As more time went by and she heard more about what prison life was like, she battled many times with anxiety. She continued to fast, to pray, to train, discipline her body, and build her life around Scripture reading, prayer, and immersing herself in the presence of God. She wrote this, “I found a peace I had never known before. I read the Bible earnestly and had a new concern to memorize important chapters against the day when I would be in prison without my Bible.
She knew prison was coming, it was just a matter of time. She didn’t use that time to indulge in comforts; she actually began sleeping on the floor and learning to live in a state of poverty. She had grown up in wealth and privilege, and she wasn’t used to discomfort, but she began to give up all of the comforts that she had grown up with so that she would be prepared for the harsh conditions of prison.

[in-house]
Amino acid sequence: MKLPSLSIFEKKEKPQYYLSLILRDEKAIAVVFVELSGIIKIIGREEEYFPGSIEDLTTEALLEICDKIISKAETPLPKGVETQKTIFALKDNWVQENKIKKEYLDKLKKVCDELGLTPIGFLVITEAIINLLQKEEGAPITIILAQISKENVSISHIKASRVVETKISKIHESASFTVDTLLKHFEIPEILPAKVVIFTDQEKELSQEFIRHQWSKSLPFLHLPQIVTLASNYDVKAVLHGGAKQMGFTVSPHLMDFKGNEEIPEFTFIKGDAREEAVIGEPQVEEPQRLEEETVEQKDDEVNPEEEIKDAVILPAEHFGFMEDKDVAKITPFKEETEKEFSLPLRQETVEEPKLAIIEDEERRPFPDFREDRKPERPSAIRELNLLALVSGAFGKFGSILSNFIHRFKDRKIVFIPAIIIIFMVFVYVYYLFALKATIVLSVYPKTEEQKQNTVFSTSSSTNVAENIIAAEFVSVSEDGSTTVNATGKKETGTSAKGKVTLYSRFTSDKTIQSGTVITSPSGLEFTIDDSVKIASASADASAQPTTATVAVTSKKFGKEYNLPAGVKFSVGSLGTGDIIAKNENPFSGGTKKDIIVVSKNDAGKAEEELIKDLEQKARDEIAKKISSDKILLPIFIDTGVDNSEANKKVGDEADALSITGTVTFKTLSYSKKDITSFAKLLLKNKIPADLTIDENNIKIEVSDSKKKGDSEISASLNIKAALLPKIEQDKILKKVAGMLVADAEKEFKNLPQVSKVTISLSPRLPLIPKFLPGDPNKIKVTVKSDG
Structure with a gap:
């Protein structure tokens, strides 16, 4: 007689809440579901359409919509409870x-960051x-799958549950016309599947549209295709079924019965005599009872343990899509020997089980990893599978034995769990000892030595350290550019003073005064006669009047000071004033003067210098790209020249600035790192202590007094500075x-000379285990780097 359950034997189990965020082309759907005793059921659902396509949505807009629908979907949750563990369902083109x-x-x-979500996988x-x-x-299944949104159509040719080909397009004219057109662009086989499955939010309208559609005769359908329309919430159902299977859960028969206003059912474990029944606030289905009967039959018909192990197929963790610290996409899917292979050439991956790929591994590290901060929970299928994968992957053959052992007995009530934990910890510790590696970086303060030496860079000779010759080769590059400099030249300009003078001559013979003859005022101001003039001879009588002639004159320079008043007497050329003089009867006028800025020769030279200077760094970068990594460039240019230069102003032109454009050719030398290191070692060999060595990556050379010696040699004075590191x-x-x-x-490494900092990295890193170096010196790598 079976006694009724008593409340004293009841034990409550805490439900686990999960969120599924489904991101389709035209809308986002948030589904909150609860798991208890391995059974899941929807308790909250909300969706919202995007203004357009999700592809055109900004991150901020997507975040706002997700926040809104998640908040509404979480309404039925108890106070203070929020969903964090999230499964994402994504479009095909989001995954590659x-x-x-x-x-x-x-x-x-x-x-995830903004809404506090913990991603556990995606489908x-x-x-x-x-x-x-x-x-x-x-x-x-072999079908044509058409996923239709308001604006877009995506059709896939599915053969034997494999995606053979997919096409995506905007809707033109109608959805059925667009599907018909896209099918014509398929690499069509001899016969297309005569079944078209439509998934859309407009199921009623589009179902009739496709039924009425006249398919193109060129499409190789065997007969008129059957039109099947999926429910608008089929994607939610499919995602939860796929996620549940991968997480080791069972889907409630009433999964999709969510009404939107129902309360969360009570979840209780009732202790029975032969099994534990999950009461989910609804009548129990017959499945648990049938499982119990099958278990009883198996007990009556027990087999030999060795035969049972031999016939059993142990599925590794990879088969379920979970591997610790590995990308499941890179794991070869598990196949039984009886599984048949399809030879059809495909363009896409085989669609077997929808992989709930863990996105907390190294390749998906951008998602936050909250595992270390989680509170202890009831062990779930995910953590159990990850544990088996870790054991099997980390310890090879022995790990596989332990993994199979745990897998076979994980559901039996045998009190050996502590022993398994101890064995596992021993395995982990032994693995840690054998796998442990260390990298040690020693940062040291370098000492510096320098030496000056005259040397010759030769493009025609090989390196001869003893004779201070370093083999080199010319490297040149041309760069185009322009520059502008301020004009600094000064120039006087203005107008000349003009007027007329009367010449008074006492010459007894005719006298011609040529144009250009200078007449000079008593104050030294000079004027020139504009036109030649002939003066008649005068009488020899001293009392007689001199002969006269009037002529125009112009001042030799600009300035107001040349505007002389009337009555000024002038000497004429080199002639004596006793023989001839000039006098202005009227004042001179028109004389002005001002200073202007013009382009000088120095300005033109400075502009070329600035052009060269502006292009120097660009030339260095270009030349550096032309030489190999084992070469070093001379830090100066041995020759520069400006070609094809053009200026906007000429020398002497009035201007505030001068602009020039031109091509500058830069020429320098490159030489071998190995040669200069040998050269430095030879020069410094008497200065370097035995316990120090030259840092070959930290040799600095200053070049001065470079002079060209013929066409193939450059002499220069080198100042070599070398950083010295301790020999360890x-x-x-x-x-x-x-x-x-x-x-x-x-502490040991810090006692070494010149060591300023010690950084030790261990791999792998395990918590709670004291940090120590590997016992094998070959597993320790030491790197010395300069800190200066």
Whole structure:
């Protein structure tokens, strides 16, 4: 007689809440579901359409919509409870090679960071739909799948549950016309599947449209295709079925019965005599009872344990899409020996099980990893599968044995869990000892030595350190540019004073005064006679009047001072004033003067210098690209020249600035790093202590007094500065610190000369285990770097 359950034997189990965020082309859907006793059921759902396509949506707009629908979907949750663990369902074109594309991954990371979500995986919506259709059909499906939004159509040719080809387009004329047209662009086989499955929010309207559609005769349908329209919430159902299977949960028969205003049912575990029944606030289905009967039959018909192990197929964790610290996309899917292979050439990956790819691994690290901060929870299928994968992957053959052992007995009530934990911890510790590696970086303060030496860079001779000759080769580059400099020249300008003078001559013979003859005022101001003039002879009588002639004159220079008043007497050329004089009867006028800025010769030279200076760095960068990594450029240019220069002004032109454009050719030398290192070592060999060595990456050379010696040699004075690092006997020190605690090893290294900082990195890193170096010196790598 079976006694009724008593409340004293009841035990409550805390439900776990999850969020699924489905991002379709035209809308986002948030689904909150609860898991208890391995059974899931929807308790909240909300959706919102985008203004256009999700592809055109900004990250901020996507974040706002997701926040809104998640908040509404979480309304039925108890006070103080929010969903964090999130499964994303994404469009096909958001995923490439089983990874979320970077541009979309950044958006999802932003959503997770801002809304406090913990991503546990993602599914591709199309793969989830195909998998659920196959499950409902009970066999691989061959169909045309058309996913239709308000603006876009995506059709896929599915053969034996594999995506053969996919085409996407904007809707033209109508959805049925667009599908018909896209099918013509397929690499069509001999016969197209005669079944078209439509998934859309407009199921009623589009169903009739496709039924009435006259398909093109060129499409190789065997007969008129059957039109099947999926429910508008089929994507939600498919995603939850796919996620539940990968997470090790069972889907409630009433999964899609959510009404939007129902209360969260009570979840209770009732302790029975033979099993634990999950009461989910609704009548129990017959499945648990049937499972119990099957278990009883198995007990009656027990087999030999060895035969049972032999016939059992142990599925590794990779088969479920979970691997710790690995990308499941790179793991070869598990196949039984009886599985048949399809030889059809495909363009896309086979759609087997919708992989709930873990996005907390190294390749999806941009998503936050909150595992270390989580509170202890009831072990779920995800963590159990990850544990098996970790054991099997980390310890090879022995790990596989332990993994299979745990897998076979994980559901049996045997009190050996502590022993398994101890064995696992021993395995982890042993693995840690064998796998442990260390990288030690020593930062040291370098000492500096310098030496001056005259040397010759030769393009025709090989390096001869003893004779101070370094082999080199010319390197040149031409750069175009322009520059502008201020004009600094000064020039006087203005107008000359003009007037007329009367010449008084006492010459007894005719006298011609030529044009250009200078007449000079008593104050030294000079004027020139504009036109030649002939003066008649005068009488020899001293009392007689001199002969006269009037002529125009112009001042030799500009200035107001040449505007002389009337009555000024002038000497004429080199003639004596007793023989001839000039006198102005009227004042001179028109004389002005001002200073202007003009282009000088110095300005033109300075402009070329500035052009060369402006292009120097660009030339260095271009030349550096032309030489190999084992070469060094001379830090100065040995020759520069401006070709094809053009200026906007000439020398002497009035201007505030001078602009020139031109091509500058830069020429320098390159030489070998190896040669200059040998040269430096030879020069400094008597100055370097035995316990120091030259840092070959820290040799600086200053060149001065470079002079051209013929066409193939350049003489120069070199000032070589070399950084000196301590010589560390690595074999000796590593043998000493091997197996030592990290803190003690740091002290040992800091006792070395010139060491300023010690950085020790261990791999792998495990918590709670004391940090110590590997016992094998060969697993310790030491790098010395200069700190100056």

When she went to the market to buy produce, she would buy ripe fruit for her family members, but rotten fruit for herself. When her mom and her sisters saw the rotten fruit that she was going to eat, they were so upset, but they began to understand because this was the kind of food that she would be forced to eat in prison.
After months of faithful and diligent preparation – fasting and memorizing Scripture, tirelessly praying, and training to endure harsh conditions – this transformed her from a weak, frail, faltering young girl into a bold and confident ambassador for Jesus Christ. Instead of fearing torture, she now faced it boldly in the grace and the power of God. Eventually, she felt like God was telling her to come out of hiding and boldly proclaim the truth of the Gospel among the Japanese. Again, she knew this was very likely going to lead to her death, but she was determined to follow the Lamb wherever He would lead her.